Hart then refers to the ICBM as “one of our important missile defense programs.” Missile defense refers to a category of weapons used to defend against incoming missiles, including nuclear-tipped ones. The ICBM is the nuclear weapon itself; what a gun is to a bullet, an ICBM is to a warhead.

Hart then refers to the ICBM as “one of our important missile defense programs.”

One lawmaker then appeared to suggest that ICBMs could defend the country against militants lobbing rockets over its border.

State Sen. Stuart Adams told the gathering that he had recently traveled to Israel and that at that time, the Israeli military “took out one of the Taliban operatives that they wanted in the Gaza strip.” He described watching the military then intercept incoming retaliatory rockets. “This is not a theoretical threat,” he said, adding that he shared the story because “I just want to convey to you that what is happening here goes way beyond economic development, that it goes to the defense of this country, the freedoms we love.”

Proposal to Curb Subsidies: Interstate Compact, Ban NDAs

Utah officials’ vigorous defense of the subsidies to Northrop Grumman are at odds with other political winds blowing in the state. In the same year that the Go Utah board meeting spoke effusively about its deal for the ICBM plant, the Utah House of Representatives passed a bill to curb the use of subsidies in economic development by an overwhelming 63-3 margin.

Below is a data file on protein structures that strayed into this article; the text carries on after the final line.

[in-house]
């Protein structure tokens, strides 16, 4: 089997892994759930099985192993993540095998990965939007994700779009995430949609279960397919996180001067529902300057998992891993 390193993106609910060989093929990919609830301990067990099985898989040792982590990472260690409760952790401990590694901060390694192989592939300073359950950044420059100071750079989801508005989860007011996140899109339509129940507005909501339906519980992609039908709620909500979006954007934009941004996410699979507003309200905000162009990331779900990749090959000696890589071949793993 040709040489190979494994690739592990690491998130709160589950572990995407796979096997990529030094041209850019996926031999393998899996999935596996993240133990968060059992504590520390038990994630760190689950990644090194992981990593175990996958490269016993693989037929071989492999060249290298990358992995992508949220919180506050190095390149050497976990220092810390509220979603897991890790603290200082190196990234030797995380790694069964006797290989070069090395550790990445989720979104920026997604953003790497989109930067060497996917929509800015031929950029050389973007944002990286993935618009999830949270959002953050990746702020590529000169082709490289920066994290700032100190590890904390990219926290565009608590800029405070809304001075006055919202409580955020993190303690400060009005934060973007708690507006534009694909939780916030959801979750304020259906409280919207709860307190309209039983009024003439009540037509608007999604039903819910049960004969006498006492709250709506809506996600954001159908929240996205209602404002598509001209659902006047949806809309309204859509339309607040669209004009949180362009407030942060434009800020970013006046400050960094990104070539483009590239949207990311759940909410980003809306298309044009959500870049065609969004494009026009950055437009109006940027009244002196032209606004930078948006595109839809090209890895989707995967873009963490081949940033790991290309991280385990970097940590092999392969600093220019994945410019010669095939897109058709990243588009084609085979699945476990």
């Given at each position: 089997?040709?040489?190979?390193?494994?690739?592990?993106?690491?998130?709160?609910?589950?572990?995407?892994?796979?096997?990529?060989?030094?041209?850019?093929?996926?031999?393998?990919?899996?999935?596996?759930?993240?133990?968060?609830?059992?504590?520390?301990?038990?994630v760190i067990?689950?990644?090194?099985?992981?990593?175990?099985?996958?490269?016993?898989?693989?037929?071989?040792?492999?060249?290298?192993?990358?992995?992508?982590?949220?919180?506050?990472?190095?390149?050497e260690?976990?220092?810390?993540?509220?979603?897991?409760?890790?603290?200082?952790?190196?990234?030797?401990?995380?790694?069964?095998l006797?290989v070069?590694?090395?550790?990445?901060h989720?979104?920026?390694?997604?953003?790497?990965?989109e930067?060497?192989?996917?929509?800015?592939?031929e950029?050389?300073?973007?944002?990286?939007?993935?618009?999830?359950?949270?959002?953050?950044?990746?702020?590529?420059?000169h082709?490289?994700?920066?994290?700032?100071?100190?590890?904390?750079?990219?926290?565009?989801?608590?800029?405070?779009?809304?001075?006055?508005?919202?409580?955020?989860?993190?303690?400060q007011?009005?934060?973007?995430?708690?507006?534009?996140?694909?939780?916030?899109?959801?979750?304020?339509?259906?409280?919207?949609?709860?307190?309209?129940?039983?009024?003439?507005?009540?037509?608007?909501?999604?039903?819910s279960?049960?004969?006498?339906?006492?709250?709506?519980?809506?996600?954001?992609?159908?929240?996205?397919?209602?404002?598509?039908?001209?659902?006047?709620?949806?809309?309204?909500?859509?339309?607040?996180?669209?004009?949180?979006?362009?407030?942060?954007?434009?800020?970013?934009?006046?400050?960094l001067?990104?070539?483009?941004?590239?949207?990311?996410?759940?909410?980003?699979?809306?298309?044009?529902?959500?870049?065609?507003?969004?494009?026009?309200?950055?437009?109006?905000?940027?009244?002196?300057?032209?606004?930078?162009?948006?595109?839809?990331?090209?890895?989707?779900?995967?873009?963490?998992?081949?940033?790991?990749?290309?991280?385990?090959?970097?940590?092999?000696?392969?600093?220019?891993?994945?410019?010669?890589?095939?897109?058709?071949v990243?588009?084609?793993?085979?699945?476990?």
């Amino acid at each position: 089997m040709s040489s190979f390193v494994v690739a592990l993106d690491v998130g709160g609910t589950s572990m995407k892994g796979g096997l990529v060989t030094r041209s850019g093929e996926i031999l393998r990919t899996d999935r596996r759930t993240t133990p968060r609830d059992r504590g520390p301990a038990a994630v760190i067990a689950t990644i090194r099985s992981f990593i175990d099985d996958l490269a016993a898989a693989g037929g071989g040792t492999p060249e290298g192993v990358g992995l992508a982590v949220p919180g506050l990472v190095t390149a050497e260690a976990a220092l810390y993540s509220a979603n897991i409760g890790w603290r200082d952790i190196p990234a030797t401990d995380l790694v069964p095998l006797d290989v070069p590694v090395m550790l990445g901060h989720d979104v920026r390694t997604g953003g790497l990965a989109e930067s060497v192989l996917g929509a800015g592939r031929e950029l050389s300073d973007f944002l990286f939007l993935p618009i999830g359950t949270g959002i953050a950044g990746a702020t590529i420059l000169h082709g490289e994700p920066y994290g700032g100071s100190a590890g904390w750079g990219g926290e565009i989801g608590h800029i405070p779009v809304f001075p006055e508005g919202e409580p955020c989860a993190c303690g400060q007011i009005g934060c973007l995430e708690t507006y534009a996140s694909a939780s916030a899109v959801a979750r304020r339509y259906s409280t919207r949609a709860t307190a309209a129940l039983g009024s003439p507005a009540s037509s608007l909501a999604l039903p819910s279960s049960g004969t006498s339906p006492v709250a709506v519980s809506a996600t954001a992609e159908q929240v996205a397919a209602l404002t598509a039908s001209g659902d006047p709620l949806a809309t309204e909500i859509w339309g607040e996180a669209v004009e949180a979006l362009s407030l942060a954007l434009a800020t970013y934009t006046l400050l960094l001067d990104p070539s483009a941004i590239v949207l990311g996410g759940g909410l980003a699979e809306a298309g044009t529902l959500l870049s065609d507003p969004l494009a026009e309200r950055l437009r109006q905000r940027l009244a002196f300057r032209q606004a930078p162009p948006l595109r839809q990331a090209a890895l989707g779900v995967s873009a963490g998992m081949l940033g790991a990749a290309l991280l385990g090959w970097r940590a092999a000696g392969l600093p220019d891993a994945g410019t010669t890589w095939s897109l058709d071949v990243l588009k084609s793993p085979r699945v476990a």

The legislation they approved was to join an interstate compact against corporate tax giveaways; the policy would function as a mutual ceasefire between signatory states who agree to not poach businesses from each other through the use of subsidies.

“I personally have been frustrated for years seeing businesses come in and look for economic development incentives,” former State Rep. Marc Roberts, a Republican who advocated for the compact, told his colleagues at a 2019 hearing. “It’s this race to the bottom, who can give the biggest incentive to, quote unquote, woo this company into our state.”

Other policy proposals include banning the use of nondisclosure agreements in economic development – bills to do so have been introduced in at least four states, according to Garofalo – and giving school boards veto power over such deals, which often involve property tax abatements that defund public schools.

Garofalo also advocates for basic transparency and democratic processes, like posting proposed contracts online, so citizens have tools to hold their governments accountable for how the projects play out.

“It’s an economic deal that they should be proud of and happy about. If they’ve done a good job of setting this up, then they’re going to want to claim the credit for that,” said Carter, the BYU professor.

And if not, he added, officials need to be forthcoming about it. “When you’re working with public funds and doing the public’s business, that’s just part of the deal. You own up to those things.”

Taylor Barnes

Field Reporter

Taylor Barnes in Inkstick Media's field reporter for military affairs and the defense industry. She is a grantee with the Ploughshares Fund and is based in Atlanta. Follow her work at @tkbarnes. Tips?